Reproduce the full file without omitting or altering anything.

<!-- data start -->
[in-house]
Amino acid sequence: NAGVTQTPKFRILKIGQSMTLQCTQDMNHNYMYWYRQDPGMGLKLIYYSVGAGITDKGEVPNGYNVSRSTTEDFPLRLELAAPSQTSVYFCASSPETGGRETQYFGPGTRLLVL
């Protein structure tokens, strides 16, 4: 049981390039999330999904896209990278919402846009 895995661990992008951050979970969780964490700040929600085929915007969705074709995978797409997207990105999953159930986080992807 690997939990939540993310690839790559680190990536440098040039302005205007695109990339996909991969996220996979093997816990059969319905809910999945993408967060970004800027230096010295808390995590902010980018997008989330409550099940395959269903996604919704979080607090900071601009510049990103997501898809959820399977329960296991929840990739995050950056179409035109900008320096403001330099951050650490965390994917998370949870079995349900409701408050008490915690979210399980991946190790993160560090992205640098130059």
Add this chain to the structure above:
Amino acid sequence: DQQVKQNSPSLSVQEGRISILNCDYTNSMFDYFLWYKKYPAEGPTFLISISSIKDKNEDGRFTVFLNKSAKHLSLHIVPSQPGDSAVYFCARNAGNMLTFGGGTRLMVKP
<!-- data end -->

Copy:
[in-house]
Amino acid sequence: NAGVTQTPKFRILKIGQSMTLQCTQDMNHNYMYWYRQDPGMGLKLIYYSVGAGITDKGEVPNGYNVSRSTTEDFPLRLELAAPSQTSVYFCASSPETGGRETQYFGPGTRLLVL
């Protein structure tokens, strides 16, 4: 049981390039999330999904896209990278919402846009 895995661990992008951050979970969780964490700040929600085929915007969705074709995978797409997207990105999953159930986080992807 690997939990939540993310690839790559680190990536440098040039302005205007695109990339996909991969996220996979093997816990059969319905809910999945993408967060970004800027230096010295808390995590902010980018997008989330409550099940395959269903996604919704979080607090900071601009510049990103997501898809959820399977329960296991929840990739995050950056179409035109900008320096403001330099951050650490965390994917998370949870079995349900409701408050008490915690979210399980991946190790993160560090992205640098130059």
Add this chain to the structure above:
Amino acid sequence: DQQVKQNSPSLSVQEGRISILNCDYTNSMFDYFLWYKKYPAEGPTFLISISSIKDKNEDGRFTVFLNKSAKHLSLHIVPSQPGDSAVYFCARNAGNMLTFGGGTRLMVKP